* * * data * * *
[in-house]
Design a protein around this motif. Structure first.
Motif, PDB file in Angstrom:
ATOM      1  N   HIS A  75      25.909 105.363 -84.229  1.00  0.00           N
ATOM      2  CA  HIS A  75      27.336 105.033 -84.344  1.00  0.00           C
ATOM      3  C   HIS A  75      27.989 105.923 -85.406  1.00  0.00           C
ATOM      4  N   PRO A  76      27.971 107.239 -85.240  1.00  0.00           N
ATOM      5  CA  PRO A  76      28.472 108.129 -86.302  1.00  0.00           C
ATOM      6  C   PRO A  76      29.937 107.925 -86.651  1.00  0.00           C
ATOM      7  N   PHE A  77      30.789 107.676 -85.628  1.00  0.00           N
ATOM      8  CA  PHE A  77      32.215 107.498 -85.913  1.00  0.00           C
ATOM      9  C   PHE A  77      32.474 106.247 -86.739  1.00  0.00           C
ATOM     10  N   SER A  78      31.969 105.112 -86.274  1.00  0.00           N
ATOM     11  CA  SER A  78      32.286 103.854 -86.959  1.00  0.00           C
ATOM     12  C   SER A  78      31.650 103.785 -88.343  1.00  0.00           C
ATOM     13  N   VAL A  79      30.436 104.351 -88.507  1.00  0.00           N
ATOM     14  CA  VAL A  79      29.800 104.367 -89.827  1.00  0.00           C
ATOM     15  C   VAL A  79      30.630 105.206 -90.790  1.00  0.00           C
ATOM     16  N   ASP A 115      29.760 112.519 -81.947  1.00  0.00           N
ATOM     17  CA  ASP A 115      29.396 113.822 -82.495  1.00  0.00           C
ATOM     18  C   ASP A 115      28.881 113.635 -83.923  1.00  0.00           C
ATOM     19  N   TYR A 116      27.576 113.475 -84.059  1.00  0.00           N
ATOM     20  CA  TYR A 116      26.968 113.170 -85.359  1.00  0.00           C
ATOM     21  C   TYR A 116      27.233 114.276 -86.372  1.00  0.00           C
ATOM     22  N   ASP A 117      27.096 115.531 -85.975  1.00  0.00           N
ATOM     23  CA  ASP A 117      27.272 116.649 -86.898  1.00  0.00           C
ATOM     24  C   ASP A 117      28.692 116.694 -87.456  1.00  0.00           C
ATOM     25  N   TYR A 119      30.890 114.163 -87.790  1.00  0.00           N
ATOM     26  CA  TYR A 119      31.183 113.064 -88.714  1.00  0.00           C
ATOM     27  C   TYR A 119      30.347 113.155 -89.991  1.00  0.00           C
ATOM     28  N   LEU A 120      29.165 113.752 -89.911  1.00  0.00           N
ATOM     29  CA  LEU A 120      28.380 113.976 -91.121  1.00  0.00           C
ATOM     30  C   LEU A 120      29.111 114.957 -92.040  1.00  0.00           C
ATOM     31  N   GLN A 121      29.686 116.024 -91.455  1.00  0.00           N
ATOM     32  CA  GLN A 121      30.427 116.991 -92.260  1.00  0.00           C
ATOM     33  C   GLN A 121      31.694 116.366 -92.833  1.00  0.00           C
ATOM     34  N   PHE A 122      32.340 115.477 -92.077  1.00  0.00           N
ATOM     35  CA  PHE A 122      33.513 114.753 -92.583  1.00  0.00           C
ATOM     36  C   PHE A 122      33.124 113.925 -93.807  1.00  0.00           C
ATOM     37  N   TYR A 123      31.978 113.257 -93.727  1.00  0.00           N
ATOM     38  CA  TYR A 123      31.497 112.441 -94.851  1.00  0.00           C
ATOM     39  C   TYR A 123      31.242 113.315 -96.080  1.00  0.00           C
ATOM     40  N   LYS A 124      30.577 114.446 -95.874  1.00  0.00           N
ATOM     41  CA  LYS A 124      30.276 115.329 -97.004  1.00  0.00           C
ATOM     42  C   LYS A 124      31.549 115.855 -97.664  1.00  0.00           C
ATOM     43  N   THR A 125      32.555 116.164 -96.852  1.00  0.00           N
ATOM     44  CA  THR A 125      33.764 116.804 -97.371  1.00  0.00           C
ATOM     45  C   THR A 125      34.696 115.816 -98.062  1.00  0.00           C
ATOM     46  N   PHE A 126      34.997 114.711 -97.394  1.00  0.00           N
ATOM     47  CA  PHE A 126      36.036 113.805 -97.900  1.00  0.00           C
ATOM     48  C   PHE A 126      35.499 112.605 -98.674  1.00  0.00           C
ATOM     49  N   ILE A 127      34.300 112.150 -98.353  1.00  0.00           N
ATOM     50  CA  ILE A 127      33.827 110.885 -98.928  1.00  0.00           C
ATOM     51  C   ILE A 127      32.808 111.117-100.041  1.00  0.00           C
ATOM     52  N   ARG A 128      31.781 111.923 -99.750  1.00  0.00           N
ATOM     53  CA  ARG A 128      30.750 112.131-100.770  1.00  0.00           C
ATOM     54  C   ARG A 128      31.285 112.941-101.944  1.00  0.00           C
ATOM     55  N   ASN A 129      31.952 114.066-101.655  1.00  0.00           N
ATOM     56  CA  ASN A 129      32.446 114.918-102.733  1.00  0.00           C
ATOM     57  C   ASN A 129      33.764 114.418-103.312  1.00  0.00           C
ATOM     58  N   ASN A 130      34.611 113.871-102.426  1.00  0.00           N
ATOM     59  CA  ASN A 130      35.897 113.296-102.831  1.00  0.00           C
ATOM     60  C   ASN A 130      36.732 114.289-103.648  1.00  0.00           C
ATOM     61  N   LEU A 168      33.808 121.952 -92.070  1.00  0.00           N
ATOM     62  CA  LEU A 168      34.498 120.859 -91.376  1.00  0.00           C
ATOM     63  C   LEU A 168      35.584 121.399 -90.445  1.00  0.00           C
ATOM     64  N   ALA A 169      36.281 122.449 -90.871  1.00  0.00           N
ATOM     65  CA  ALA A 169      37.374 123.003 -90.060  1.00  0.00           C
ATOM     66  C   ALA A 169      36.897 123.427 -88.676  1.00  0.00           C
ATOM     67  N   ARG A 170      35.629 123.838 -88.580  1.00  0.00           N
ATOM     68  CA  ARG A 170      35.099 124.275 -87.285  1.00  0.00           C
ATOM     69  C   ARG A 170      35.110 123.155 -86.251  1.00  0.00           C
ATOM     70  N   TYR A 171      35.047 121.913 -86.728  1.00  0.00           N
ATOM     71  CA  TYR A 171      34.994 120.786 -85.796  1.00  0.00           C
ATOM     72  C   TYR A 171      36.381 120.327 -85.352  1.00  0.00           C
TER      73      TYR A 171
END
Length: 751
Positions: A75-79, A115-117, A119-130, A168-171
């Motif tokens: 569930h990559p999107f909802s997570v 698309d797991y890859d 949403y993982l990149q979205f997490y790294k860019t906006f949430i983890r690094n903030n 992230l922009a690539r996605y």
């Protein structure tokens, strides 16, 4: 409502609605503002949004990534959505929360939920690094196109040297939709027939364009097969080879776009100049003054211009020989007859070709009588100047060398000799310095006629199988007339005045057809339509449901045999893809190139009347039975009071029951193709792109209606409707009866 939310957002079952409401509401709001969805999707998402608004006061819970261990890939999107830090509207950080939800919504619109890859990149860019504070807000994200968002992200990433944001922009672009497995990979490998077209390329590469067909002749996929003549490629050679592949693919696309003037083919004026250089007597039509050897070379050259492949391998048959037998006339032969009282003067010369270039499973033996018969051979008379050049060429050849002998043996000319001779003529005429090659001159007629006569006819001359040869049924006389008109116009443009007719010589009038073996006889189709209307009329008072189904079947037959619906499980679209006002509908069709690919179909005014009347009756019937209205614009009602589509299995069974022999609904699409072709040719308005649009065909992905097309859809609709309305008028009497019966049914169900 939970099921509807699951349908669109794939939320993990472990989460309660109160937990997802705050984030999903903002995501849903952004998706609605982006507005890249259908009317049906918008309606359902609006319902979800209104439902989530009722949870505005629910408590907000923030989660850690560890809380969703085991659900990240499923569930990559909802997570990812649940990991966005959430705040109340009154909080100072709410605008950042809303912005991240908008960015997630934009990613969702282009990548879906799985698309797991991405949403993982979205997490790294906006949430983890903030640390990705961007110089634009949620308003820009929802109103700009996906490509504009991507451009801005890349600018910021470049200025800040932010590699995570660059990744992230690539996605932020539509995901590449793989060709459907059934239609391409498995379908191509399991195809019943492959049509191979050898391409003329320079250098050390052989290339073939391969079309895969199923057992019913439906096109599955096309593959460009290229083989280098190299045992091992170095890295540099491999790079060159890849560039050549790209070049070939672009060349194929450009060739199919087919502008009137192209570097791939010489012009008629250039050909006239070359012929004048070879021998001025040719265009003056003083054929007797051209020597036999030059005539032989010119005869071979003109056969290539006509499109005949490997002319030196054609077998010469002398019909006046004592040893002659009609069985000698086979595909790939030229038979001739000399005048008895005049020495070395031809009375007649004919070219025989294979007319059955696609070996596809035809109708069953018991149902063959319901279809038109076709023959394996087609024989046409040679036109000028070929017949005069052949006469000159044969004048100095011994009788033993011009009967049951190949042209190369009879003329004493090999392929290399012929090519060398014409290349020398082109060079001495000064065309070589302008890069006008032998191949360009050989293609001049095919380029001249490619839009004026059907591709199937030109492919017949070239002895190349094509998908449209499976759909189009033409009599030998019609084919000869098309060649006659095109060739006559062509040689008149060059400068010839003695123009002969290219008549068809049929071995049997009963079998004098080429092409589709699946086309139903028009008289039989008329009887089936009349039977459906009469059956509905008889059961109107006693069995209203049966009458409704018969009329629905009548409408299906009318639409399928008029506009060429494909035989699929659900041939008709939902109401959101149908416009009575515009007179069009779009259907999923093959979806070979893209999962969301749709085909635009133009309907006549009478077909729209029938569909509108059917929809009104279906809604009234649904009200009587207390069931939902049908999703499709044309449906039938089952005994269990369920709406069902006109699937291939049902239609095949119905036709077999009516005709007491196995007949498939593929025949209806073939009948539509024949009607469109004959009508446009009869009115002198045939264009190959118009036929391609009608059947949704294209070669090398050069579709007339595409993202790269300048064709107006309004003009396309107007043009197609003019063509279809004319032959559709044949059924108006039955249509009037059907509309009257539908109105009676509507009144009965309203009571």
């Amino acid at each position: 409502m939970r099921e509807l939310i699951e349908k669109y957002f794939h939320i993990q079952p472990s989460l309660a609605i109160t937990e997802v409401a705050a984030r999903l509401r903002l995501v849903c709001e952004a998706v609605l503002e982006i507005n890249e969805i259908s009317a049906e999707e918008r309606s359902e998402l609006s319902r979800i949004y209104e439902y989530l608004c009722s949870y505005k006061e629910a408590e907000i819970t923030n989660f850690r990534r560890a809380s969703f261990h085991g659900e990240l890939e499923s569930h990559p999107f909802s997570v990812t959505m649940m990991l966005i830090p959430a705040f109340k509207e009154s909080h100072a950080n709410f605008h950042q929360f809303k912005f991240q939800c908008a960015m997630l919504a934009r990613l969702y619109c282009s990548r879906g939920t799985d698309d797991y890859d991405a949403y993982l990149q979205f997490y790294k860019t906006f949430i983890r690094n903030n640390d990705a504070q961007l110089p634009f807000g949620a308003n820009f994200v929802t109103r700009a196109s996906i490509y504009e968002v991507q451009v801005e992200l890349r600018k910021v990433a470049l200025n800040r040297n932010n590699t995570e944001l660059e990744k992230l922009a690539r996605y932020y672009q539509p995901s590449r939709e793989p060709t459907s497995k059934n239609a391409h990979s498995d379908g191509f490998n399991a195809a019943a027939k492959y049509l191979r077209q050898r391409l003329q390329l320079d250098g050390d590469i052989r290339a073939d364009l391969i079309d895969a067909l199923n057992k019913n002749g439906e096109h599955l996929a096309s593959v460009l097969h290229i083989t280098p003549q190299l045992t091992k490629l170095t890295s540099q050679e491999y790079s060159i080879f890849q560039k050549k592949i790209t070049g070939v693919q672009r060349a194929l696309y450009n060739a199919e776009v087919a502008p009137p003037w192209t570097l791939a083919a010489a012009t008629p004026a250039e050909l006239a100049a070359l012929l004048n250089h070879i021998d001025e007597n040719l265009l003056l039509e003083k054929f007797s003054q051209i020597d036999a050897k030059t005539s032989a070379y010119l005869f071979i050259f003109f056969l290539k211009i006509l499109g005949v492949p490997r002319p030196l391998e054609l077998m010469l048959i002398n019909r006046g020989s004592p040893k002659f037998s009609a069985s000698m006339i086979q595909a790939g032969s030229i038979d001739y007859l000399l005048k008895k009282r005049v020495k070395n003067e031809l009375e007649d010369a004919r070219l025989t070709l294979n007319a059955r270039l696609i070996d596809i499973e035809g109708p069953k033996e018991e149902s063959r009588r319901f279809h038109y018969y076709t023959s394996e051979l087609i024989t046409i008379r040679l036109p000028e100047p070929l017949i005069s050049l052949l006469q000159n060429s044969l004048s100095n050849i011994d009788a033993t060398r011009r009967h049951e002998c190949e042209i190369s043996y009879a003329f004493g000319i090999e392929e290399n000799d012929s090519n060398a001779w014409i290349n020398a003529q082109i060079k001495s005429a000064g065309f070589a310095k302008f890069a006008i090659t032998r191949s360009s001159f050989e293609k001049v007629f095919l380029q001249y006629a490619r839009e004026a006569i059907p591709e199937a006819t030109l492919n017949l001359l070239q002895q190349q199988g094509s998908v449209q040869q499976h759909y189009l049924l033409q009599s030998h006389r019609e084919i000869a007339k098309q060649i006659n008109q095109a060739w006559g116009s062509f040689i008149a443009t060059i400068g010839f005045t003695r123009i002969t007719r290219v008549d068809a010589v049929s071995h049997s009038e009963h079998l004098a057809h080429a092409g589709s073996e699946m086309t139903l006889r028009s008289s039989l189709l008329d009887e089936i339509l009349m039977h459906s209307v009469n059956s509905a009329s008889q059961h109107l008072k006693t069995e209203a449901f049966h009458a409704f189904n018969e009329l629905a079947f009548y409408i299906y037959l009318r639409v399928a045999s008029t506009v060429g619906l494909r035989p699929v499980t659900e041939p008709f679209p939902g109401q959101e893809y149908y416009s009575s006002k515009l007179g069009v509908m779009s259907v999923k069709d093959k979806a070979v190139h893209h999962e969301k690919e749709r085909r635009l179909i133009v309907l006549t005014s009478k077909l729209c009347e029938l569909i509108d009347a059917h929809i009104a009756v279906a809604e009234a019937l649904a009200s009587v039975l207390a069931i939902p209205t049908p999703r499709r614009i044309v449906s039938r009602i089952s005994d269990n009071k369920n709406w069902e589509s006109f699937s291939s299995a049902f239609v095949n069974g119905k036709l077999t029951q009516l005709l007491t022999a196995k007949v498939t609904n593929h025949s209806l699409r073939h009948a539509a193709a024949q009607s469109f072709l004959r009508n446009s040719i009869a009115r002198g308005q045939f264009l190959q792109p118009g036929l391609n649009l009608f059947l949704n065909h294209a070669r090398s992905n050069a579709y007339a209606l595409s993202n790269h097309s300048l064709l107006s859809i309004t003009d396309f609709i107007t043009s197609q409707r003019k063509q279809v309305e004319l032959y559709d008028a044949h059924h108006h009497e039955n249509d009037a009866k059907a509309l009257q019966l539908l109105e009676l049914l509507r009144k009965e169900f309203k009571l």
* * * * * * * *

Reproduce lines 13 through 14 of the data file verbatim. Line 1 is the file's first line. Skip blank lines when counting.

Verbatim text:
ATOM     10  N   SER A  78      31.969 105.112 -86.274  1.00  0.00           N
ATOM     11  CA  SER A  78      32.286 103.854 -86.959  1.00  0.00           C